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Rapid Mental Health Nursing von Smith, Grahame (eBook)

  • Verlag: Wiley-Blackwell
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Rapid Mental Health Nursing

A concise, pocket-sized, A-Z rapid reference handbook on all the essential areas of mental health nursing, aimed at nursing students and newly qualified practitioners. Covers a broad range of mental health disorders, approaches interventions and conditions Easy to locate practical information quickly in a pocket sized, rapid reference format The topics and structure are mapped on to the NMC's (2010) Standards for Pre-registration Nursing Education and their required essential skills and knowledge.


    Format: ePUB
    Kopierschutz: AdobeDRM
    Seitenzahl: 208
    Sprache: Englisch
    ISBN: 9781119045038
    Verlag: Wiley-Blackwell
    Serie: Rapid
    Größe: 567 kBytes
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Rapid Mental Health Nursing

Essential skills and knowledge



Assessment is a fundamental part of mental health nursing practice; it establishes an understanding of the service user's situation through a process of asking questions. Assessment is not a one-off, it is an ongoing process which is built on partnership working, starting with a service user's admission to mental health services and continuing until they are discharged. Information gathered from the initial assessment process is the first step in planning and delivering care across services to ensure that the care delivered is effective and based upon the service user's needs.

Assessment can be broadly divided into two categories or methods:

formal assessment, including checklists, questionnaires, rating scales, tools, and structured interviews;
informal assessment, when information is collected through less formal and planned methods, such as day-to-day observations and interactions.
Both methods provide the mental health nurse with valuable information, and both methods should have equal weight; however, formal assessment tends to be viewed as more objective and value-free. Sometimes this can lead to information gathered through formal assessment methods having more weight than informally gathered information. The strength of using both methods is that information can be triangulated in way that captures the whole clinical picture rather than just part of the picture.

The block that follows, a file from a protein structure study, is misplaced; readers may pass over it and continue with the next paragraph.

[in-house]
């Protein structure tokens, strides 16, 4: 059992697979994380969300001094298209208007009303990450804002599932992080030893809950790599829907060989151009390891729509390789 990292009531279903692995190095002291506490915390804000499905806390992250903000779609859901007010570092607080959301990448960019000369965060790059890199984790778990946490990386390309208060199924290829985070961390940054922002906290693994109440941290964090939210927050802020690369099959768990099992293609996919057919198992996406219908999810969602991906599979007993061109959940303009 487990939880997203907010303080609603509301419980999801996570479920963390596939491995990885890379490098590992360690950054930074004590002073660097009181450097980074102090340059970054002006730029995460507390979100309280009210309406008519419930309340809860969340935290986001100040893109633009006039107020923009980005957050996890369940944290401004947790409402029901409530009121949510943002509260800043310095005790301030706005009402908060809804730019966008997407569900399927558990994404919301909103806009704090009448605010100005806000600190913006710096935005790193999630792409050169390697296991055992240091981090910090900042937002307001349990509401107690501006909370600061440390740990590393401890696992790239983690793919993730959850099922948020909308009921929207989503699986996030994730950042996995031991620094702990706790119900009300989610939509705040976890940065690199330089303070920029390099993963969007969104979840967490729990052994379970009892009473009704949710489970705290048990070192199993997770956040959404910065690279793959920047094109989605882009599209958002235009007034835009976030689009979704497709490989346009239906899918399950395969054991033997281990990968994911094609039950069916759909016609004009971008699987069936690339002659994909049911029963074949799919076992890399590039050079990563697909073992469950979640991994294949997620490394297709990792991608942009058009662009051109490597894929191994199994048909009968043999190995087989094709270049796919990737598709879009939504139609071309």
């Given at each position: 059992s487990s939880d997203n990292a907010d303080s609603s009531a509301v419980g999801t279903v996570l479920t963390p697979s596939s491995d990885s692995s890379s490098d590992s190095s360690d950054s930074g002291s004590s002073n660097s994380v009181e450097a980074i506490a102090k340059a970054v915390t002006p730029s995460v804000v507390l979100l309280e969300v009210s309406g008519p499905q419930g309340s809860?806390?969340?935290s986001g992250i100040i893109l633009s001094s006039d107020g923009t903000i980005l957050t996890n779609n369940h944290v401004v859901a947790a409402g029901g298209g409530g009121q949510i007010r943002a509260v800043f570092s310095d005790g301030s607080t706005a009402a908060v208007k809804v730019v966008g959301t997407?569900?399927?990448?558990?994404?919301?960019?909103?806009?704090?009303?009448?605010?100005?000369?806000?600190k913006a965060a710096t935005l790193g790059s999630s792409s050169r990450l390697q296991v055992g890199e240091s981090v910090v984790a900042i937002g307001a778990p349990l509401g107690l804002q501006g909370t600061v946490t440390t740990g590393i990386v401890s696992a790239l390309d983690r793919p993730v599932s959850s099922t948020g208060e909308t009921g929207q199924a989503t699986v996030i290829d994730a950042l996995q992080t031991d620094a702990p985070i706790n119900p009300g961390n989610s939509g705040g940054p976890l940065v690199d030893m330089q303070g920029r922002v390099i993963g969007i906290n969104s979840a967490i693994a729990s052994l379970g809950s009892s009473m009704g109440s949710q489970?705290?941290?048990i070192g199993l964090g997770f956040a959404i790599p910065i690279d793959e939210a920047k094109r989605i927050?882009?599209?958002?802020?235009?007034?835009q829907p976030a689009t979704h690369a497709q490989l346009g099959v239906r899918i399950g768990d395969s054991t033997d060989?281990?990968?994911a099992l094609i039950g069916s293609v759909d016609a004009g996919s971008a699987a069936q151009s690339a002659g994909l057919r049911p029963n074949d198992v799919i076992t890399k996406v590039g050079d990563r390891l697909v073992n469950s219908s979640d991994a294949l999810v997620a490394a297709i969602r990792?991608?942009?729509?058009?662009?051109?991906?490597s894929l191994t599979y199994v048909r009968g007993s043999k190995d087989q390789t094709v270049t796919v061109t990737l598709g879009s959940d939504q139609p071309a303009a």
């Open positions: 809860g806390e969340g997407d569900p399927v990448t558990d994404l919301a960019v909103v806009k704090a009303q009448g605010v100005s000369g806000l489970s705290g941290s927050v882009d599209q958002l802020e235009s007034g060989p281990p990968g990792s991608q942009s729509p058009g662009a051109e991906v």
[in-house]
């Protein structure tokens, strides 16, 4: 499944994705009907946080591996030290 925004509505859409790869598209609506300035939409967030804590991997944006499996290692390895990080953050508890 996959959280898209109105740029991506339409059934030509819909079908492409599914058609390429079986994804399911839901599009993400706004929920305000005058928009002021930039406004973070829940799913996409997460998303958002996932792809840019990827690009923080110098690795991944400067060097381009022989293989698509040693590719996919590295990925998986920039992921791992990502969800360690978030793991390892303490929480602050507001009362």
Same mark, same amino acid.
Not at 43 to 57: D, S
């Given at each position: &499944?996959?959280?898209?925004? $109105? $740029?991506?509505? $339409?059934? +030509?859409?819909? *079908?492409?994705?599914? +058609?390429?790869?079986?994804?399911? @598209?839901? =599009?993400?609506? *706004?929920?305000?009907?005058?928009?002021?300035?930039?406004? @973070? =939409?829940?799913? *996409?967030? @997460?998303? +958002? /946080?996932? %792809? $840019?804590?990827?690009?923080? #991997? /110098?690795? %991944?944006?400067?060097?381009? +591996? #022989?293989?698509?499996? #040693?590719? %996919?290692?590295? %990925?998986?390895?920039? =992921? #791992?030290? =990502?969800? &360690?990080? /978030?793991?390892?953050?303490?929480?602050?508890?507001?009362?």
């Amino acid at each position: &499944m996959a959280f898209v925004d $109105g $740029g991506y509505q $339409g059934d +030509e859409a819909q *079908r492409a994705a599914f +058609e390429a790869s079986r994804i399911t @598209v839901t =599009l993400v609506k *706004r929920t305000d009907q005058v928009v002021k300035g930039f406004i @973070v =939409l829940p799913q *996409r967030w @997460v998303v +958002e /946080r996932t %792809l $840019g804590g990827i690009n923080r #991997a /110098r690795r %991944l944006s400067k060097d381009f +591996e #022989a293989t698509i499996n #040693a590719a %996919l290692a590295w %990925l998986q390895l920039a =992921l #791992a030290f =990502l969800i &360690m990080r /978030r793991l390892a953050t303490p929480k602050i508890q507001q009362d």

Assessment information should describe the service user's situation, both generally and specifically; it should also identify the degree to which any identified problem has impacted, and is impacting upon, the service user's ability to function. To elicit this information the nurse should use:

open questions to scope the broad issues;
more probing questions to identify the specific issues;
closed questions to confirm their understanding of the specific issues is correct. Professional skills

Mental health nurses should be able to:

undertake nursing assessments that are comprehensive, systematic and holistic;
utilise assessment information to plan, deliver and evaluate care;
work in partnership with the service user, their carers and their families throughout the assessment to negotiate goals and develop a personalised plan of care. Types of assessment

Mental health nursing assessments should be holistic and, as such, during the assessment process the nurse should gather a wide range of information about the following:

physical health and functioning;
psychological functioning;
social functioning;
spiritual needs.
A variety of assessment tools should be used to gather specific information about:

social functioning;
quality of life. Assessment tools

Specific assessment tools used in mental health nursing include:

Brief Psychiatric Rating Scale (
Beck Depression Inventory (
Positive and Negative Syndrome Scale (
Beliefs About Voices Questionnaire (
Rosenberg Self-Esteem Scale (
Health of the Nation Outcome Scales (
Camberwell Assessment of Need ( http://www.researchintorecovery.com/files/cansas-p.pdf

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